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A Remarkable Journey

Everything about eels is designed for their reproduction in the Sargasso Sea, the place where they were born and where they will spawn before they die.

Nautical map of the east coast of the United States and part of Mexico, showing the route followed by eels as they make their way from the Sargasso Sea to the St. Lawrence River and then return to the Sargasso at the end of their life to reproduce. The Sargasso Sea is located in the Atlantic Ocean off the states of Virginia and North and South Carolina.

Position of the Sargasso Sea and migration path of the American eel

In the Sagasso Sea, situated in the middle of the Atlantic Ocean, eel eggs hatch into larvae, or leptocephalae. The larvae follow the Gulf Stream as they embark on their journey up the Atlantic. Once they have metamorphosed into glass eels and measure nearly 80 mm long, they migrate toward the coasts and estuaries of Europe and North America. They then divide into smaller groups and spread out in the various tributaries. Some eels settle there, while many others continue on to their growth habitat, which may be as far away as the Great Lakes. Eels begin their return migration 20 to 25 years later, thanks to a series of remarkable metamorphoses.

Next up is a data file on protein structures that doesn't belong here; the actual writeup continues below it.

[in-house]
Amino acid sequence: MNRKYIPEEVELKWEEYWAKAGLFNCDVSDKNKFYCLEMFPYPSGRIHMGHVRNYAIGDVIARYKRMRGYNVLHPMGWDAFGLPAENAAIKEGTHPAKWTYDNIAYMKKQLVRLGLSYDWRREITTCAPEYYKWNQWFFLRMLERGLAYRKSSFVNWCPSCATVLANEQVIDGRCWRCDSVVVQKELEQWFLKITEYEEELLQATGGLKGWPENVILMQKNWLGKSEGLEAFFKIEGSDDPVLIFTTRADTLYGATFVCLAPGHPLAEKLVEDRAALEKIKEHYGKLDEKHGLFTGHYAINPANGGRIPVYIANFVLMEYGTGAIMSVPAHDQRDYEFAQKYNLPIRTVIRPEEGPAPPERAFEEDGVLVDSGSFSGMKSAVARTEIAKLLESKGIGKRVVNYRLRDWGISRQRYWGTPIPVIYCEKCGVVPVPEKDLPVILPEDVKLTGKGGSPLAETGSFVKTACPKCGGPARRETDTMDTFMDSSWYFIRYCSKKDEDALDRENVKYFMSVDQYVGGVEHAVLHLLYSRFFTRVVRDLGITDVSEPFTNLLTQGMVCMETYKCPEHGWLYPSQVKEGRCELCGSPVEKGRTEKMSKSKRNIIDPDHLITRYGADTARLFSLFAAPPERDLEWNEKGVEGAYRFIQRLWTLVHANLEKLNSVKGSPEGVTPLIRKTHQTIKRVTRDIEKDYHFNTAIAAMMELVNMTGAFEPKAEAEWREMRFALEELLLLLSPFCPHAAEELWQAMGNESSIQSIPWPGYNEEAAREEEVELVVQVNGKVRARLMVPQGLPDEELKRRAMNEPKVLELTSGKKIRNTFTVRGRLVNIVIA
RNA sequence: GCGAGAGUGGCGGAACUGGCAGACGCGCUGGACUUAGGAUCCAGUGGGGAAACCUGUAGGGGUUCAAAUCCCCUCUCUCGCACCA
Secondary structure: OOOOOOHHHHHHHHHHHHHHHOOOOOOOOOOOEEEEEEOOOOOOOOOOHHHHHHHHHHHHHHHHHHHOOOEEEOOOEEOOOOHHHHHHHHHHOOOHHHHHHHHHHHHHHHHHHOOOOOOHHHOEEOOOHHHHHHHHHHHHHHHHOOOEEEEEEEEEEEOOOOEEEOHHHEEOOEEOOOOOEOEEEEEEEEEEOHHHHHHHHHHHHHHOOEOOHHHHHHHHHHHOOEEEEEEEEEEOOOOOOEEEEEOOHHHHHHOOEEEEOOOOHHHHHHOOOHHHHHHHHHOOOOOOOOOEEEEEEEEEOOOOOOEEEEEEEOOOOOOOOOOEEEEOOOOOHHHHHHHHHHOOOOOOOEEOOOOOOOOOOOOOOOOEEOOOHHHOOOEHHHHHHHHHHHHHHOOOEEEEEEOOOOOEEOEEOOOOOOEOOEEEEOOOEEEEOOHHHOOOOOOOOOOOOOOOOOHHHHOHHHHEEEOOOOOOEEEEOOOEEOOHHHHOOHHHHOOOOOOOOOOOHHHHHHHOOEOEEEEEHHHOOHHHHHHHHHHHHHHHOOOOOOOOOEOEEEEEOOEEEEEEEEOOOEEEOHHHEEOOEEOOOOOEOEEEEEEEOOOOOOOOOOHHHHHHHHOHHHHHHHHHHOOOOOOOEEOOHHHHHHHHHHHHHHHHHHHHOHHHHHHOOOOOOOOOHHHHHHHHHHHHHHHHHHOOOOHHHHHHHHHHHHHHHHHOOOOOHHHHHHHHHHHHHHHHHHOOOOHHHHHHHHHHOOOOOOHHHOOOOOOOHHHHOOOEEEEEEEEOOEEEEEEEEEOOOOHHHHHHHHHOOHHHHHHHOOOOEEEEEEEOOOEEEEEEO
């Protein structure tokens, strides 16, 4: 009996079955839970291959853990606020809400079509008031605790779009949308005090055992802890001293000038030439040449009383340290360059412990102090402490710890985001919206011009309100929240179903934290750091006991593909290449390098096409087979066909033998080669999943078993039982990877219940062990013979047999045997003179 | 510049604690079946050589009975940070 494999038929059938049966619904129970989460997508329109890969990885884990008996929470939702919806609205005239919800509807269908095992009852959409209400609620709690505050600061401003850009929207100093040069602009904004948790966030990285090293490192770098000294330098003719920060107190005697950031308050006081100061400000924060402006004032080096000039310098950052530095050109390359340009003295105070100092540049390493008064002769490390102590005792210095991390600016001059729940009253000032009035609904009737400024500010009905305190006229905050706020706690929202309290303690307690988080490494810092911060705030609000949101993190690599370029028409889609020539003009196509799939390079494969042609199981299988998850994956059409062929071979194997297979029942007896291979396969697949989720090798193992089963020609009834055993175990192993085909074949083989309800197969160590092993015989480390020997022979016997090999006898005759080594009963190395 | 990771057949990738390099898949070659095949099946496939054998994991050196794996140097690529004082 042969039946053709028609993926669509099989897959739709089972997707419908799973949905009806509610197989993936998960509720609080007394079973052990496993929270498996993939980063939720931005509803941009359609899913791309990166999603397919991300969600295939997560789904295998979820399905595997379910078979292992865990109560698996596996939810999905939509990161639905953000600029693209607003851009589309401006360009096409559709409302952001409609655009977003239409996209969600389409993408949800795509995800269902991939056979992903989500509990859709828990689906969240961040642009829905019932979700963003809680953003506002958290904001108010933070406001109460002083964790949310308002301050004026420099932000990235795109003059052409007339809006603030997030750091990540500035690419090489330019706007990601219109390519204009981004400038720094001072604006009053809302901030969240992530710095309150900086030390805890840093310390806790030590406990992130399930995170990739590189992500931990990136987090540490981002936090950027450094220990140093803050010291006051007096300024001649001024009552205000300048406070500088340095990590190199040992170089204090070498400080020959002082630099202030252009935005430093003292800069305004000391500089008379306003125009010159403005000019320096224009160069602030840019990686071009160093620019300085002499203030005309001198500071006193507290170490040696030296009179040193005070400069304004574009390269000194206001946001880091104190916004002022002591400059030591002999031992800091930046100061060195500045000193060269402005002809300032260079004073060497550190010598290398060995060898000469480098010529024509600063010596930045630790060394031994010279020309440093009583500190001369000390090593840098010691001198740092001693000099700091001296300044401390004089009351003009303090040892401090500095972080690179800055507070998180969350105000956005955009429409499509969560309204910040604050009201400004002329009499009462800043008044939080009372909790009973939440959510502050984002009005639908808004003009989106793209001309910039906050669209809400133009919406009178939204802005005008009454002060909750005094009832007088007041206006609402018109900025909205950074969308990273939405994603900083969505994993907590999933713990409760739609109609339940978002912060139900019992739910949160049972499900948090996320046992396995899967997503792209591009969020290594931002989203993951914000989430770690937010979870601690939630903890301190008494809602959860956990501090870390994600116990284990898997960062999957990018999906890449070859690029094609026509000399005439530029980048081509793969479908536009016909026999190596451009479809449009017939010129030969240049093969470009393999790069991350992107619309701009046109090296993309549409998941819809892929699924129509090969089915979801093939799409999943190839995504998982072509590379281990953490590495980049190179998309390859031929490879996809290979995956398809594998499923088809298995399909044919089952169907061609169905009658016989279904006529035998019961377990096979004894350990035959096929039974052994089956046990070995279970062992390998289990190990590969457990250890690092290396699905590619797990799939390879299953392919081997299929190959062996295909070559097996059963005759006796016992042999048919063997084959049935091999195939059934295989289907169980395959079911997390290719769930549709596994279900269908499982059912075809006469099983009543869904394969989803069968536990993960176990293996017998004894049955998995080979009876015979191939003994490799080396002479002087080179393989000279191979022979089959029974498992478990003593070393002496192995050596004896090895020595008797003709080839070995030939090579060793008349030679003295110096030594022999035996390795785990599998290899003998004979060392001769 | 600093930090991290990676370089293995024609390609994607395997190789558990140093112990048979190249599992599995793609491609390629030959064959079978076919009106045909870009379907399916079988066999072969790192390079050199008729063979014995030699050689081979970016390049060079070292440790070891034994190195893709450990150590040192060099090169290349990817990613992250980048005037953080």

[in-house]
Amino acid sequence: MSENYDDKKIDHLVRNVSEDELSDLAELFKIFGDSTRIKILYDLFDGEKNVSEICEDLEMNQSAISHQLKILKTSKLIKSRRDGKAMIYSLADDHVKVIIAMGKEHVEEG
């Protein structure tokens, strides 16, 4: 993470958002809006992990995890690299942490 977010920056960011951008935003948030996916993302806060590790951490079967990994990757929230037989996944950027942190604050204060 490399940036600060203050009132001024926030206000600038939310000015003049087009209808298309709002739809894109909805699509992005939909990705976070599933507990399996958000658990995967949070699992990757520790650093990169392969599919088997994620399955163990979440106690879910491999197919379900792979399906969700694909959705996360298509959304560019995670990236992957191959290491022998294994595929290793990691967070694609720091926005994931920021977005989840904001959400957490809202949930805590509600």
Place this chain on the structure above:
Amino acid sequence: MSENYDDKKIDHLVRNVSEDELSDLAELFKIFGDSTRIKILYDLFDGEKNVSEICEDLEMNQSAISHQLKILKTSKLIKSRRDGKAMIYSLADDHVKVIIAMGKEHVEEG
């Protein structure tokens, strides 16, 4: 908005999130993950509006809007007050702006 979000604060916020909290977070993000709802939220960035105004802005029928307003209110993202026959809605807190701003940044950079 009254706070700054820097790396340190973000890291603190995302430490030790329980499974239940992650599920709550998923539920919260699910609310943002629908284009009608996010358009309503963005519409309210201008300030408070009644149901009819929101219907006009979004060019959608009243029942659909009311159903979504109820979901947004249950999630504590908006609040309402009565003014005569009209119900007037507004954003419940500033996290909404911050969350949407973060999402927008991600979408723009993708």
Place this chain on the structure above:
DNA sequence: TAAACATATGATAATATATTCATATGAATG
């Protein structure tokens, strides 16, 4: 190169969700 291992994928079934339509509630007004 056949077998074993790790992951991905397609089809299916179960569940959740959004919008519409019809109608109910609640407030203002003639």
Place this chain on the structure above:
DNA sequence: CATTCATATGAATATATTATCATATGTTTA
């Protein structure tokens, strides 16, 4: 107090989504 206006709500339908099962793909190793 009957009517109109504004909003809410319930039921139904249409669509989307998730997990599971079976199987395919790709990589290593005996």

Fat but Travelling Light – View this video with a transcipt

During their adult life, eels eat the equivalent of one quarter of their weight in food every day. Contrary to popular belief, eels are not scavengers. The live prey they eat contributes to their growth and enables them to accumulate fat reserves.

Eels travel an average of 8000 km during their lifetime. They travel half of this distance without eating, when they migrate back to the Sargasso Sea. The fat they accumulate as adults is essential for this one last journey.

Fat for One Last Mission – View this video with a transcript